I think some of you heard my phone-post cry of displeasure upon learning that my future husband Steve Nash was leaving the Mavericks for the Suns. Normally I'm a very big proponent of loyalty over money. But I don't blame Steve, and here's why.
- We all know how Mark Cuban feels about money. The man's giving away a million dollars on TV just because he feels like it (and because he likes the attention). He's given huge overpaid contracts to other players (I'm looking at you, Shawn Bradley); why not one to supposedly one of his favorite players, who's been one of the team leaders for several years?
- Cuban said re-signing Steve was a priority; he didn't say keeping him was. If it's looking like you're just going to get traded to the *gack* Lakers or the black hole that is the Warriors, why not pick your own place to go, since you're going to have to leave anyway? Especially when the team really wants you and you already love the city?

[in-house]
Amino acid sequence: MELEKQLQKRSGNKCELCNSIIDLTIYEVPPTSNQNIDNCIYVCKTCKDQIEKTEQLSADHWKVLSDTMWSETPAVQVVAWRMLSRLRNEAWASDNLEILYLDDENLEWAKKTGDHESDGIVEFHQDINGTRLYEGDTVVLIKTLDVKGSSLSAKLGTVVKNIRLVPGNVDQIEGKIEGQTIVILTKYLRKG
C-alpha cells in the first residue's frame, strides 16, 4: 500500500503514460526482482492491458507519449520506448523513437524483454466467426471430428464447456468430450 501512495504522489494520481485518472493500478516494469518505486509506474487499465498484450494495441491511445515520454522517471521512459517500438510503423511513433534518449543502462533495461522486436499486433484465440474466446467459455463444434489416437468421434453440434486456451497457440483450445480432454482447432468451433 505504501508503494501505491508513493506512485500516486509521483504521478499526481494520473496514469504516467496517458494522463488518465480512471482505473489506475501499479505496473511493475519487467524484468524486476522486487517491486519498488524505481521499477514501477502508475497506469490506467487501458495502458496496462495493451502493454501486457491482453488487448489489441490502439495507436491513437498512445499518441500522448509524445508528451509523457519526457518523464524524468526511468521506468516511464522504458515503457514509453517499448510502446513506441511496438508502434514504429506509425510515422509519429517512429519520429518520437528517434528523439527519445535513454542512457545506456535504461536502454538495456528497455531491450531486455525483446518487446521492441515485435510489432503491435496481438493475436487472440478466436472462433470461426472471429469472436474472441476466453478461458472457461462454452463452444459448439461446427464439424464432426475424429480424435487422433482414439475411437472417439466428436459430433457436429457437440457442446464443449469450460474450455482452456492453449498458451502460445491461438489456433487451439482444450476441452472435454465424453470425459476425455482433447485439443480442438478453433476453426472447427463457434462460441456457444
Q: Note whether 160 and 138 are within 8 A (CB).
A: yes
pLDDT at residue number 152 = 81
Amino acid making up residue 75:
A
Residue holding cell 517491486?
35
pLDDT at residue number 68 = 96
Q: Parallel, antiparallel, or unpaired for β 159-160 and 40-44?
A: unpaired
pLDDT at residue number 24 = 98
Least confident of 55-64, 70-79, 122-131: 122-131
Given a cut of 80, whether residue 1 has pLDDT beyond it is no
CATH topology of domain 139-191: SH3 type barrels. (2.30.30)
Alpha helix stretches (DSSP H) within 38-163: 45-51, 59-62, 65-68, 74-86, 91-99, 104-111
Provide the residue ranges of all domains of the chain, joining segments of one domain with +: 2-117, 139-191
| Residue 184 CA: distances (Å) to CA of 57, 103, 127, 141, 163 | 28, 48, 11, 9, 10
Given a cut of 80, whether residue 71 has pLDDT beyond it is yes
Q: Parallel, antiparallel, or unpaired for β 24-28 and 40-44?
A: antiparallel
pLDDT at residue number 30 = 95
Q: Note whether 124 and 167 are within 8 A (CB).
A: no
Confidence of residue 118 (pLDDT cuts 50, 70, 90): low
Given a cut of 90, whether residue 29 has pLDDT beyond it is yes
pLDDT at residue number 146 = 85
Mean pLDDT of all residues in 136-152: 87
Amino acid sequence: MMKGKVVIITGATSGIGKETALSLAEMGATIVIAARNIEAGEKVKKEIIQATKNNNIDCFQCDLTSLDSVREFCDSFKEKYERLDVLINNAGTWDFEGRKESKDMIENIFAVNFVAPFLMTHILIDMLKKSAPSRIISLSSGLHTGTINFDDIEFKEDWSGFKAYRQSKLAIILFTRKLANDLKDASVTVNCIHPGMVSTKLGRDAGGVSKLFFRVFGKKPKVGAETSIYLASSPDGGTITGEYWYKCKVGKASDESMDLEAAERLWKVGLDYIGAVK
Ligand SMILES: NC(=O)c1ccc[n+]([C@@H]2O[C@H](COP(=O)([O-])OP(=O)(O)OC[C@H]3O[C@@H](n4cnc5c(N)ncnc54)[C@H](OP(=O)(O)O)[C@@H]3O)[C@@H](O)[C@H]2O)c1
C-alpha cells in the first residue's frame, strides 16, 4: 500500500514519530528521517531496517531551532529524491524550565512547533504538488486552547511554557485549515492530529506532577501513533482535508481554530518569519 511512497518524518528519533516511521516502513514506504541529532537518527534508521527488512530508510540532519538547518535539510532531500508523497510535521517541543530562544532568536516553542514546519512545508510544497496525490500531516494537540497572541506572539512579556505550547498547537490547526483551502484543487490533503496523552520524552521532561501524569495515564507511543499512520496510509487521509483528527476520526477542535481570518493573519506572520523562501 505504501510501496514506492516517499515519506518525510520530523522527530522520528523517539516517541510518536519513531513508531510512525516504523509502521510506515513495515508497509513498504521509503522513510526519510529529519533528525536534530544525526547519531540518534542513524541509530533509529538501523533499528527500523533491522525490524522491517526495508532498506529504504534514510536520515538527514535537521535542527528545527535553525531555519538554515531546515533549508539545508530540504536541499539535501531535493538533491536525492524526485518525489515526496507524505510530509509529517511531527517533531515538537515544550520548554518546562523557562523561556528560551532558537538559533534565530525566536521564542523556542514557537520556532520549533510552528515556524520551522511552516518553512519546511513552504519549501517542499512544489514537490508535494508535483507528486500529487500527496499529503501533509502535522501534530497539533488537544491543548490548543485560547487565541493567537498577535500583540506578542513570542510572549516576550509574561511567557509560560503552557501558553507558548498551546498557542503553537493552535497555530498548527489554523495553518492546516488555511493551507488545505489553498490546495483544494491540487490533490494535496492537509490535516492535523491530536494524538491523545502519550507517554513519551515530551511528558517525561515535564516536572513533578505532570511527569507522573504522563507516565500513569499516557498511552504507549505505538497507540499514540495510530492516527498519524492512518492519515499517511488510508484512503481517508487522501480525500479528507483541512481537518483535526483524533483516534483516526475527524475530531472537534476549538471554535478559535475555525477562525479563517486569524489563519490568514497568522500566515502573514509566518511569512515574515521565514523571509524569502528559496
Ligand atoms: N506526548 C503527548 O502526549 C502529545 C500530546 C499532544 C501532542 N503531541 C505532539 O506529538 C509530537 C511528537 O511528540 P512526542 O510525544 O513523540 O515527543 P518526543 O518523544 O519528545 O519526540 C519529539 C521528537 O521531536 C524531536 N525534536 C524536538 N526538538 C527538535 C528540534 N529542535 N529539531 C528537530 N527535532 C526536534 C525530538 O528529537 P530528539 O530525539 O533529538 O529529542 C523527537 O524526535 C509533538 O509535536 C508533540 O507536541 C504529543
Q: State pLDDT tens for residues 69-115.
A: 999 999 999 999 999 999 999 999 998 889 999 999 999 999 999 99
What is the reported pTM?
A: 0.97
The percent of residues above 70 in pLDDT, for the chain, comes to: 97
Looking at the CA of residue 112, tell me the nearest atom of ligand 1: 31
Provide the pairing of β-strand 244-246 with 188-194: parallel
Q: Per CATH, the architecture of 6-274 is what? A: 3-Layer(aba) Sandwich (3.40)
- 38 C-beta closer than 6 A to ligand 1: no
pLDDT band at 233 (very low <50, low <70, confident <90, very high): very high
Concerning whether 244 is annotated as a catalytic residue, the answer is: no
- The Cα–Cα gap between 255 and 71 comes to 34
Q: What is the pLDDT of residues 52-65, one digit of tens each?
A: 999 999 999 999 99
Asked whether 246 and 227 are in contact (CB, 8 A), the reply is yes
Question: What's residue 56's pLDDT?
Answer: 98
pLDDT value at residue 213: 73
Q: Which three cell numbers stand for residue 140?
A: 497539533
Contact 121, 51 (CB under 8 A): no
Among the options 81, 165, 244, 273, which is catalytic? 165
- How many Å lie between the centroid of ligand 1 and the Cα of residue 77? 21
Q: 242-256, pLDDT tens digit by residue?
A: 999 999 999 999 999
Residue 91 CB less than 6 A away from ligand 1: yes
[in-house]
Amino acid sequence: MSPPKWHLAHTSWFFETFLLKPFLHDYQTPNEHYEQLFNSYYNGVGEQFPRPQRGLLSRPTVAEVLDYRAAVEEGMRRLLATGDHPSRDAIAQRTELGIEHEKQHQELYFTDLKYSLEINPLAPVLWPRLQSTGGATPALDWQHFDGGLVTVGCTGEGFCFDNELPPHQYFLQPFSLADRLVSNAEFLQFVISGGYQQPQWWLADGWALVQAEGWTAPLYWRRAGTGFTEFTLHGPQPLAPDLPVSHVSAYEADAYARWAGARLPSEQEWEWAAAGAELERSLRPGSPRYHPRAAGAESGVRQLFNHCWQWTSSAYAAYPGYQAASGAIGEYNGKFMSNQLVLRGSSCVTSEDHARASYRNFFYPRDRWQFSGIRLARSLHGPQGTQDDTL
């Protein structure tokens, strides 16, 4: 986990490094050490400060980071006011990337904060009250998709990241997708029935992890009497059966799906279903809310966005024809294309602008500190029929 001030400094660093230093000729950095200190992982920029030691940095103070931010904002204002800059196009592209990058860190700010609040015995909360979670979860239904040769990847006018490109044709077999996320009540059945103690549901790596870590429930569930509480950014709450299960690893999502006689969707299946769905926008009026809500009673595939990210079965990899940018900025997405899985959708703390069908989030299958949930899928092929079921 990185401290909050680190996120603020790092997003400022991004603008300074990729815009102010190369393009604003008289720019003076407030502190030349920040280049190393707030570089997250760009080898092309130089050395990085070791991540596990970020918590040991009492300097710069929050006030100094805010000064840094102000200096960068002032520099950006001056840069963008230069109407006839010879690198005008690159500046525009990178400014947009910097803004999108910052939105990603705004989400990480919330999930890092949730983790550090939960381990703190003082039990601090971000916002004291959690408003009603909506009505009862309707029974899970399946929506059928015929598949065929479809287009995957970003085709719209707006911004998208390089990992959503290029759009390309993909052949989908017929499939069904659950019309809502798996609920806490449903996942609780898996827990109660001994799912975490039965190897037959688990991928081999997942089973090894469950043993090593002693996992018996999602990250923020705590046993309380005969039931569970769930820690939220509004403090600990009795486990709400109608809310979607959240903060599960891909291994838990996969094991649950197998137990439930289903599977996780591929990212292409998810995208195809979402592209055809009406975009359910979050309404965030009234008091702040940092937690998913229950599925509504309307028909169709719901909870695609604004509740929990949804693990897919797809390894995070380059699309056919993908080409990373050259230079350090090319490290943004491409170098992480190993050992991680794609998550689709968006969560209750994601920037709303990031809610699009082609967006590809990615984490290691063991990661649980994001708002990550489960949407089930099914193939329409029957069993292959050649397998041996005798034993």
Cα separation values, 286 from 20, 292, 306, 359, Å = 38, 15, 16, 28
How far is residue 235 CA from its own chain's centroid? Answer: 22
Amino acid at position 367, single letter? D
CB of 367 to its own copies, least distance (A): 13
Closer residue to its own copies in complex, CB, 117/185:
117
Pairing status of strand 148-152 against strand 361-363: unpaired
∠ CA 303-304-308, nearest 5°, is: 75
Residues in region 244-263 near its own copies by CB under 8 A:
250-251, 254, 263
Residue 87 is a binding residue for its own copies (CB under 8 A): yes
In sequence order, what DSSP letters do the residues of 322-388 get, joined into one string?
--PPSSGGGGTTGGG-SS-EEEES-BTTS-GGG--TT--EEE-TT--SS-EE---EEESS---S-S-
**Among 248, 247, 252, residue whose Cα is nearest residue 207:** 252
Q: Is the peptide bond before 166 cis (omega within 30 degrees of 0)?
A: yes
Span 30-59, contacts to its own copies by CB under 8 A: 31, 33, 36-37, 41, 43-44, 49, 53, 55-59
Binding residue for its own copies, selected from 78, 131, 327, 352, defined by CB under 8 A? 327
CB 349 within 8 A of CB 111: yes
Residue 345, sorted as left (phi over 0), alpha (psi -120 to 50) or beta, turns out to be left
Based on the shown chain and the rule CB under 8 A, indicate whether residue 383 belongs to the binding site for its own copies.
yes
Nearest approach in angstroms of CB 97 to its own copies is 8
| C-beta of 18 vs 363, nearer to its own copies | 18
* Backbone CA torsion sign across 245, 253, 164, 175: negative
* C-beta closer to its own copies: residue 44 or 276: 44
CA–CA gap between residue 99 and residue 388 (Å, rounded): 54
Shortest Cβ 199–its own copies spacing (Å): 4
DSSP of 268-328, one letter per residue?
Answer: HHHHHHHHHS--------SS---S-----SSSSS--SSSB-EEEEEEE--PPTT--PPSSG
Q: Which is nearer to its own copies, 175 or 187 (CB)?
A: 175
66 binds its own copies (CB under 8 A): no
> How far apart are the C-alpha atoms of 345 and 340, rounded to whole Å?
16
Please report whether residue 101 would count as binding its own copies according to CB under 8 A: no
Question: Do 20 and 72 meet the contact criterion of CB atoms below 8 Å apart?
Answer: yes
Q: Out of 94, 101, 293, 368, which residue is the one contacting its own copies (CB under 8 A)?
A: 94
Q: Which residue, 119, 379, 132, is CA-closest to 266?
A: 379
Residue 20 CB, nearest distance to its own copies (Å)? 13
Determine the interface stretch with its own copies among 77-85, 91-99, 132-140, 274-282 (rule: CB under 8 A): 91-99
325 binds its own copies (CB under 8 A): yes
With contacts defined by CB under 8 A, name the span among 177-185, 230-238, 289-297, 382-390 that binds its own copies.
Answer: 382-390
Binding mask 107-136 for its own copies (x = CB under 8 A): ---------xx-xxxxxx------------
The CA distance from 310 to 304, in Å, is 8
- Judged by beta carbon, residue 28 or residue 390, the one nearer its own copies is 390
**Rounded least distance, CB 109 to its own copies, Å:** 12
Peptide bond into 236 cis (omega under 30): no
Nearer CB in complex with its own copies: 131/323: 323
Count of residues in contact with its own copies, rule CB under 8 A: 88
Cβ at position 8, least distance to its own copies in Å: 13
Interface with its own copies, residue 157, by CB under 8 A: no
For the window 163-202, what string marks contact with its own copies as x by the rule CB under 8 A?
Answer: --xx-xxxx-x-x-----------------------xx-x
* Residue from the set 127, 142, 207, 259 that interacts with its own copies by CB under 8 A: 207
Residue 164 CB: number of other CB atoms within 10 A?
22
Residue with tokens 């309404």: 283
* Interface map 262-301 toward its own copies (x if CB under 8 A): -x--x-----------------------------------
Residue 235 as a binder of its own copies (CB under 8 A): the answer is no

- The player-haters have jumped all over this contract, saying Steve's getting way overpaid and he's already 30. Yes, 30's older, but since when is it ancient? How did everyone so suddenly go to convinced that Steve's nearly done? And nearly everyone gets overpaid eventually because they start out underpaid. No one's (or rather, no one with good sense) going to give you a max contract before you've proven yourself, so later contracts are frequently rewards for the work you've done as much as incentive to do more. I'm just sayin'.
- Everyone likes to rail about the lack of player loyalty, but what about front-office loyalty? I believe Steve really did want to stay with the Mavs. And I think he might have stayed for less money if it hadn't looked like he was going to be traded. It's not fair of owners to bitch about players acting like it's a business when the owners are the ones continually proving that it is a business.